The Washington Post

Pryor seeks to keep attention on Cotton’s ‘faith’ comment with new ad

Sen. Mark Pryor (D-Ark.) released a new TV ad Tuesday seeking to draw voters' attention to Republican Rep. Tom Cotton's suggestion that he doesn't live out his Christian faith in all areas of his life.

The ad shows footage of television reports about Cotton's comment. It continues with Pryor saying "I'm not ashamed to say that I believe in God and I believe in his word." The Pryor footage comes from an ad the senator released last year.

The new commercial highlights the difficult position Cotton, Pryor's opponent, may have put himself in with his remarks. Pryor — a Southern Baptist who has co-chaired the National Prayer Breakfast — is eager to talk about his faith in the campaign, as evidenced by the release of his ad on the subject last year. Cotton's accusatory remark has allowed him a natural way to do so.

Cotton said in an interview with KNWA last week that he thinks Pryor believes "faith is something that only happens at 11 o'clock on Sunday mornings." He made the remark as he was praising the Supreme Court's ruling that some employers don't have to cover certain contraceptives for employees as required under the federal health-care law.

Pryor's campaign called on Cotton to apologize. The Republican didn't back down. He called Pryor a "man of faith" in a subsequent statement, but didn't say he was sorry.

Cotton released an ad of his own Tuesday defending his record on disaster relief.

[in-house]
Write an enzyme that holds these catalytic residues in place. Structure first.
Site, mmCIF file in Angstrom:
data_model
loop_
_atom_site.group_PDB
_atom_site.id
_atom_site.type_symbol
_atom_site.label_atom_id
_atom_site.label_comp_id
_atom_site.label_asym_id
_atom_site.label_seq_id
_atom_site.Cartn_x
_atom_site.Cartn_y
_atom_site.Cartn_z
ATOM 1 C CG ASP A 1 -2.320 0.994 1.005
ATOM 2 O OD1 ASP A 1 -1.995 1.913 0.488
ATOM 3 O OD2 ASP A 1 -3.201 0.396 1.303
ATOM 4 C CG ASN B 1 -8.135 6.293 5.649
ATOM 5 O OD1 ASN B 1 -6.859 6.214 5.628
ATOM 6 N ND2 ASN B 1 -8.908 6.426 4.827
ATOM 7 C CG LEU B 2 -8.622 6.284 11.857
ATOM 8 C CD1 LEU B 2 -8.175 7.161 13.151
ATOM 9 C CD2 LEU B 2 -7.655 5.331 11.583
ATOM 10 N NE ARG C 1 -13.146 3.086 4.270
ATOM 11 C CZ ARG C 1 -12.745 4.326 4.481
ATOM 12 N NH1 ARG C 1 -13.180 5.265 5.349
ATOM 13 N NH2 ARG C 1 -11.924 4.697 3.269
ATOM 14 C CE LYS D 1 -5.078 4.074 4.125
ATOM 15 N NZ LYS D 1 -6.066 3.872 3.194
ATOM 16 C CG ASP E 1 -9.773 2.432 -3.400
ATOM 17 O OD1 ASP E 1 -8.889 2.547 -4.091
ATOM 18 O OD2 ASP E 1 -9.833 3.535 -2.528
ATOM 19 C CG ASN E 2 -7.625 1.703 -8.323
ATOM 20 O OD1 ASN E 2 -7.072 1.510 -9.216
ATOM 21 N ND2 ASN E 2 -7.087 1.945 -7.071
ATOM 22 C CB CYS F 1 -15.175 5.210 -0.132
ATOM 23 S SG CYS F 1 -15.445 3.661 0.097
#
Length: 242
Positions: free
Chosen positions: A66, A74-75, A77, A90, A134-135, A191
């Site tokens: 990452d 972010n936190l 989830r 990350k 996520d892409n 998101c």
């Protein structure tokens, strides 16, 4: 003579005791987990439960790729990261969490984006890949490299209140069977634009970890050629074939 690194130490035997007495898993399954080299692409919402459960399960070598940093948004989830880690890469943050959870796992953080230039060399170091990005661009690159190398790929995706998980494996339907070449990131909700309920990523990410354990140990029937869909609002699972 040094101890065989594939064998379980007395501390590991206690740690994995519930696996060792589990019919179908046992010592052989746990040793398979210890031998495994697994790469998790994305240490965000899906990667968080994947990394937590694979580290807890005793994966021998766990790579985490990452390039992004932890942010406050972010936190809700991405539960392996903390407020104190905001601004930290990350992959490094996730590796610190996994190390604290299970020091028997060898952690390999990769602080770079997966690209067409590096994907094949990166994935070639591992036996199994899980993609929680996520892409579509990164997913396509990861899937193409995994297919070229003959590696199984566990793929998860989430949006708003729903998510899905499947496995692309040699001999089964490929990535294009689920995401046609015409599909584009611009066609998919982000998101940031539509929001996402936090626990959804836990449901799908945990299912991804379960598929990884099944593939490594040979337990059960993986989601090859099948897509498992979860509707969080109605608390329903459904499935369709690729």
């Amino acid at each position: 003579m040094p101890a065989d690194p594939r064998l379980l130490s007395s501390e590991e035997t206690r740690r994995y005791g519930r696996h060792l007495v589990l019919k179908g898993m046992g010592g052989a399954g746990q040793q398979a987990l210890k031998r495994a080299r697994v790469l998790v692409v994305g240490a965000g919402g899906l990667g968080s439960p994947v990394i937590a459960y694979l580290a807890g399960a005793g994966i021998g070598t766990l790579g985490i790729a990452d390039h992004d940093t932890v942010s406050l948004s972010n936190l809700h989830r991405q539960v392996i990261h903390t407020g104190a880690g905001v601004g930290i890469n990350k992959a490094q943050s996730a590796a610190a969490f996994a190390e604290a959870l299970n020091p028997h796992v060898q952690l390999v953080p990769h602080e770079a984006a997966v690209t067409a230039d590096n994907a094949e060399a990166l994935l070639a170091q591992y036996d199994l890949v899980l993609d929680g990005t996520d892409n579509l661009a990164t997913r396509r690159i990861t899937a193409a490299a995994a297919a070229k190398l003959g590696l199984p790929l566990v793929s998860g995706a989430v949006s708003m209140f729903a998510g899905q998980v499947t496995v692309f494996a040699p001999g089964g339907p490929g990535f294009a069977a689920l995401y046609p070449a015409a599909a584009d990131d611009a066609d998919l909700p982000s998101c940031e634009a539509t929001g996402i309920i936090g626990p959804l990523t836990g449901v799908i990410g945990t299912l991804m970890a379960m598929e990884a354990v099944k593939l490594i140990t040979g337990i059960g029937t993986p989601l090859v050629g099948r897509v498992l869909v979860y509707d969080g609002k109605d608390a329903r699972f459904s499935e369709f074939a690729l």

Republicans see tethering Pryor to President Obama as a key to defeating him. Obama is deeply unpopular in Arkansas. Campaigning last week, Cotton tied the two together.

"The biggest single issue is Barack Obama and his agenda," said Cotton, according to the Baxter Bulletin. "A vote for Mark Pryor is a vote for Barack Obama. He's voted with Obama 90 percent of the time, he cast the decisive vote for Obamacare — he stands by him loyally."

In his remark about Pryor's faith, Cotton said Obama also believes that "faith is something that only happens at 11 o'clock on Sunday mornings." But the attempt to group them together was largely lost in the back and forth about Pryor's religious beliefs.

In raising Pryor's faith in the campaign, Cotton allowed the conversation in the campaign to revolve around religion. Diverting attention away from Pryor's voting record on legislation favored by Obama and toward pretty much anything else plays into the Democrat's hands.

Sean Sullivan has covered national politics for The Washington Post since 2012.



Success! Check your inbox for details. You might also like:

Please enter a valid email address

See all newsletters

Show Comments
Most Read



Success! Check your inbox for details.

See all newsletters

Your Three. Videos curated for you.
Play Videos
What can babies teach students?
Unconventional warfare with a side of ale
A veteran finds healing on a dog sled
Play Videos
A fighter pilot helmet with 360 degrees of sky
Is fencing the answer to brain health?
Scenes from Brazil's Carajás Railway
Play Videos
How a hacker group came to Washington
The woman behind the Nats’ presidents ‘Star Wars’ makeover
How hackers can control your car from miles away
Play Videos
Philadelphia's real signature sandwich
Full disclosure: 3 bedrooms, 2 baths, 1 ghoul
Europe's migrant crisis, explained
Next Story
Sean Sullivan · July 8, 2014

To keep reading, please enter your email address.

You’ll also receive from The Washington Post:
  • A free 6-week digital subscription
  • Our daily newsletter in your inbox

Please enter a valid email address

I have read and agree to the Terms of Service and Privacy Policy.

Please indicate agreement.

Thank you.

Check your inbox. We’ve sent an email explaining how to set up an account and activate your free digital subscription.